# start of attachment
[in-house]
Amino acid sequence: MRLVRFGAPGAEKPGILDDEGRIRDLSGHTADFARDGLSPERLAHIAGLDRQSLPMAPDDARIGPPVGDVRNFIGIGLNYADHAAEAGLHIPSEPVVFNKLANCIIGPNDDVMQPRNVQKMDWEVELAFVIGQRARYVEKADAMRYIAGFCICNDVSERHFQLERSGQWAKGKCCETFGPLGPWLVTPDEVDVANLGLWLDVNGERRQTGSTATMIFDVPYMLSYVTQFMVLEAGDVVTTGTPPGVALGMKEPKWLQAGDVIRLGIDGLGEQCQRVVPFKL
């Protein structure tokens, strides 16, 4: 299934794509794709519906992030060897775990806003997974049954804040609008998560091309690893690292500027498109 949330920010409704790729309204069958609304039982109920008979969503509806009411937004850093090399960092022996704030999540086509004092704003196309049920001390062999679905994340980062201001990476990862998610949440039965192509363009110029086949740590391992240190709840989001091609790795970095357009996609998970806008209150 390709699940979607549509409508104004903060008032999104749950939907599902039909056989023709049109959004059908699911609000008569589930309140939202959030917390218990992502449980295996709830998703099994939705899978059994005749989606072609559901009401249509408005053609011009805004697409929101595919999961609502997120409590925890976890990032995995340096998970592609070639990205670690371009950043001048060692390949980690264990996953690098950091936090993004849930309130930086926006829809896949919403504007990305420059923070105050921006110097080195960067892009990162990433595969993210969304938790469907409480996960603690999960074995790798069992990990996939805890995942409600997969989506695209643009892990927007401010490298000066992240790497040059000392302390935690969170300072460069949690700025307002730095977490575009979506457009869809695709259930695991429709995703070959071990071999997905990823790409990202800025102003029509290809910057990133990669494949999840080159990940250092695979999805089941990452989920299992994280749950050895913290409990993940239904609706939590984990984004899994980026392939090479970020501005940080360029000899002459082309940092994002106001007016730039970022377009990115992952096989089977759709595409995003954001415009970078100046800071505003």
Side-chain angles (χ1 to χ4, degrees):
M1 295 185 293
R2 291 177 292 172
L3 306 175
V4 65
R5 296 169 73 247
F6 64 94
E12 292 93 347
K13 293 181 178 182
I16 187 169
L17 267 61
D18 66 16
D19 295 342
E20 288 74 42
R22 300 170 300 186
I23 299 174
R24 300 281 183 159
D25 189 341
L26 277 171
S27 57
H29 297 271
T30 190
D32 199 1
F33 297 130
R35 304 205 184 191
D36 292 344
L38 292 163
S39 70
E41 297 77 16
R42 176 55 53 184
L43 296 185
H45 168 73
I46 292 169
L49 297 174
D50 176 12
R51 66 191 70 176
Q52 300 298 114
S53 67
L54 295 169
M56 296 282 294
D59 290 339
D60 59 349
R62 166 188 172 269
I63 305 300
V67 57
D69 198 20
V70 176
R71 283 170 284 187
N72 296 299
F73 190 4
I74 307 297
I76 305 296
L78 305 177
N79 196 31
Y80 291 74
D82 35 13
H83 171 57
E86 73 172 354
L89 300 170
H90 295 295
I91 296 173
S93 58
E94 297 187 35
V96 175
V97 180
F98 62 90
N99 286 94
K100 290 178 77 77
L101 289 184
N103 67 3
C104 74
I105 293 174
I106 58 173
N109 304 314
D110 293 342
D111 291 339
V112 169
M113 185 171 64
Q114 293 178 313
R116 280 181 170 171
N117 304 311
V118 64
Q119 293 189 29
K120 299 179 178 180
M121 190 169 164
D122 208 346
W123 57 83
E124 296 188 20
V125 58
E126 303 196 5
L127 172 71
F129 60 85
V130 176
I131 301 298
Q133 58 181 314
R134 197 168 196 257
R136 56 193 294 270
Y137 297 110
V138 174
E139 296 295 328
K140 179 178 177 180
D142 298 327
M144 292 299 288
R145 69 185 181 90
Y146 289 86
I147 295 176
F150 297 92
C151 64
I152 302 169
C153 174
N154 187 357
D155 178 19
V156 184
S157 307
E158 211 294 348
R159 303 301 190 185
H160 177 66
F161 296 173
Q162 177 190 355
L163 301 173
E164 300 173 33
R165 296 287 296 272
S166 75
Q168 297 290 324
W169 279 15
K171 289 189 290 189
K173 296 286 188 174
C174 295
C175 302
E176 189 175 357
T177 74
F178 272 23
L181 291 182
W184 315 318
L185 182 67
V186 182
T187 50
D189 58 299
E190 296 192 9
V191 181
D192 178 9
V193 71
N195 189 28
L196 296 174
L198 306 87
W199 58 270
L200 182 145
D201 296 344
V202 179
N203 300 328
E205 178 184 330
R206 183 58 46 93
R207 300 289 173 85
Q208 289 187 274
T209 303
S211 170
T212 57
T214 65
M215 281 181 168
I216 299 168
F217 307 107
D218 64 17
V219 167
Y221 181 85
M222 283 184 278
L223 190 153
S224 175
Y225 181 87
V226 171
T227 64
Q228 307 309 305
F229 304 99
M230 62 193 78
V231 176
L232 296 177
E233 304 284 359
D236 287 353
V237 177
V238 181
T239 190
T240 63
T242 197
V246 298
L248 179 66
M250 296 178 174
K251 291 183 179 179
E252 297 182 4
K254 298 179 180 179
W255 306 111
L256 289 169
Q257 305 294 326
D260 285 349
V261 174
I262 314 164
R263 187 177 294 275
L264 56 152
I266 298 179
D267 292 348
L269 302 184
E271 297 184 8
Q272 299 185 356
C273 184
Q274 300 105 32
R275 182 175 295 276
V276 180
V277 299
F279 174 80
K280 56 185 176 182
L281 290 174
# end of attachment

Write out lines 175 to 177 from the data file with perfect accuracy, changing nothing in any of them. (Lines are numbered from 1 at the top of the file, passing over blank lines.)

F229 304 99
M230 62 193 78
V231 176